First, a quick translation. What we Brits call an ICT Co-ordinator, our American cousins tend to refer to as a Technology Co-ordinator. It’s all very confusing, and would never have arisen had the USA not broken away from us a couple of hundred years ago. But I digress.
This is more of a liaison role than a technical one. In the UK, almost every area of the National Curriculum is expected to provide learners with opportunities to use ICT. The idea is not to teach ICT itself, but to embed it in the curriculum in a way that ensures that it’s used in the service, if you like, of other subjects.
This means that this kind of role will probably not suit the ICT “purist”, because the level of ICT skills and knowledge required to achieve a given result in a particular subject is often lower than the level at which the students are working in that subject.
As an example, students in an art class may be doing quite high level work looking at textures, and integrating patterns into their artwork. The ICT contribution to this might be going around with a digital camera taking snapshots of everyday objects, and then transferring them (or having them transferred) to a computer. This is not a high level ICT skill!
To be successful in this role, you need the following skills:
- An amazing ability to do hundreds of things at once. I ran a competition four or five years ago about what people see as being the role of the ICT co-ordinator. Here are some of the entries.
One teacher thought that the job is like "hanging onto a wind turbine on a windy day...where will you land next?", while another declared that it’s "being responsible for everything that has a plug on it."
The winner, however, made the observation that being an ICT Co- ordinator is "like being a circus performer, spinning plates whilst juggling balls, all the time smiling, cheering other performers on and perfecting our own art of fixing everything!" She said: "I am an ICT coordinator of a school that is learning to get to grips with – and even get excited about – so much potential through new technologies. We are learning that e-learning means that although we have to move out of our comfort zone, we are still good teachers because we must keep learning, keep adapting to change and keep humble about what is still left to learn."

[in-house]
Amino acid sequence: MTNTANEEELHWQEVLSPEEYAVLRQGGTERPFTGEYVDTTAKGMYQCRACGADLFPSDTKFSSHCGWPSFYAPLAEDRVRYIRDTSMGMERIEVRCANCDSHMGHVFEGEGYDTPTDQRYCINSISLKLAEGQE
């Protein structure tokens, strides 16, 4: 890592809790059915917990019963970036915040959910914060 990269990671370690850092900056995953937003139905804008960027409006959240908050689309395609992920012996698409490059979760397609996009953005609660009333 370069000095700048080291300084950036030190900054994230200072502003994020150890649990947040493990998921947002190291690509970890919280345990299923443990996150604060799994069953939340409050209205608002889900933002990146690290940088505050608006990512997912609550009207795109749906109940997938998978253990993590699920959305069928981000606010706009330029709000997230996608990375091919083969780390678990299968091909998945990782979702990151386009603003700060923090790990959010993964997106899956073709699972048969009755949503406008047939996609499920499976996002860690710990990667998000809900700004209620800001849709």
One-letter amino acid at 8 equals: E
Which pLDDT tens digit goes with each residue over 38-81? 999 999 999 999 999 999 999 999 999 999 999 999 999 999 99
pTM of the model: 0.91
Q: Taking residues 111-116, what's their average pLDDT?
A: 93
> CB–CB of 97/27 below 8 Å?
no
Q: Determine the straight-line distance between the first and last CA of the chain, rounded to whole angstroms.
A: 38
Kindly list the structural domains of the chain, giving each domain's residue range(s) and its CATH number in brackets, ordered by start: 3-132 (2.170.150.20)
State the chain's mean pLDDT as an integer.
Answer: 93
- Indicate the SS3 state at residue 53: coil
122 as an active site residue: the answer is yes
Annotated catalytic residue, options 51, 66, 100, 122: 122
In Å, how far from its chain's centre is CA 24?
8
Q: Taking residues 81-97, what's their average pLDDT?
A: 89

- You’ll need to a good organiser. If the school has one computer suite available for booking out to classes, you will need to have booking sheets for months ahead (why not the whole year?). You will also need to keep a log of which classes have been in and which haven’t.
- Assertiveness is a good quality to have in this job. You may find yourself having to refuse a booking to the Deputy Head in favour of a newly-qualified teacher – because the latter makes better use of the facilities, meaning that the pupils learn more or make better progress than they do in the other class.
- A good understanding of how standards in other subjects can be raised through the use of ICT. So you would also need to be interested in undertaking research, or at least keeping up-to-date with research that has been done by others.
- An ability to see the big picture (are all pupils getting adequate opportunities to apply their ICT skills?) as well as the nitty-gritty (is it possible to do colour printing from all the computers in a particular classroom?)
Now, looking through that list, it is not obvious to me that the ICT Co-ordinator needs to know anything about educational technology at all. Well, not much anyway. And thinking about it, when I held the combined role of Head of ICT and ICT Co-ordinator, I was more than ably supported by three teachers who were marvellous ambassadors for using ICT in the curriculum, and none of them was an ICT specialist. One was a science teacher, one a PE teacher and one a history teacher. What they had going for them was enthusiasm, personality, and non-geekiness.
Perhaps, if you’re a member of a school’s senior leadership team looking to appoint a new ICT Co-ordinator, rather than look for an ICT expert who has great people skills perhaps you should look for an incredibly warm and sociable person who can be trained up to a reasonable standard in ICT.
Why not take part in a discussion about the role of the ICT Co-ordinator? Check it out here. You’ll need to register, but it’s free!
The photo is (c) Tim Olson
Some of the above is taken from a book I wrote some years ago called “Getting a job as an ICT manager in a school”.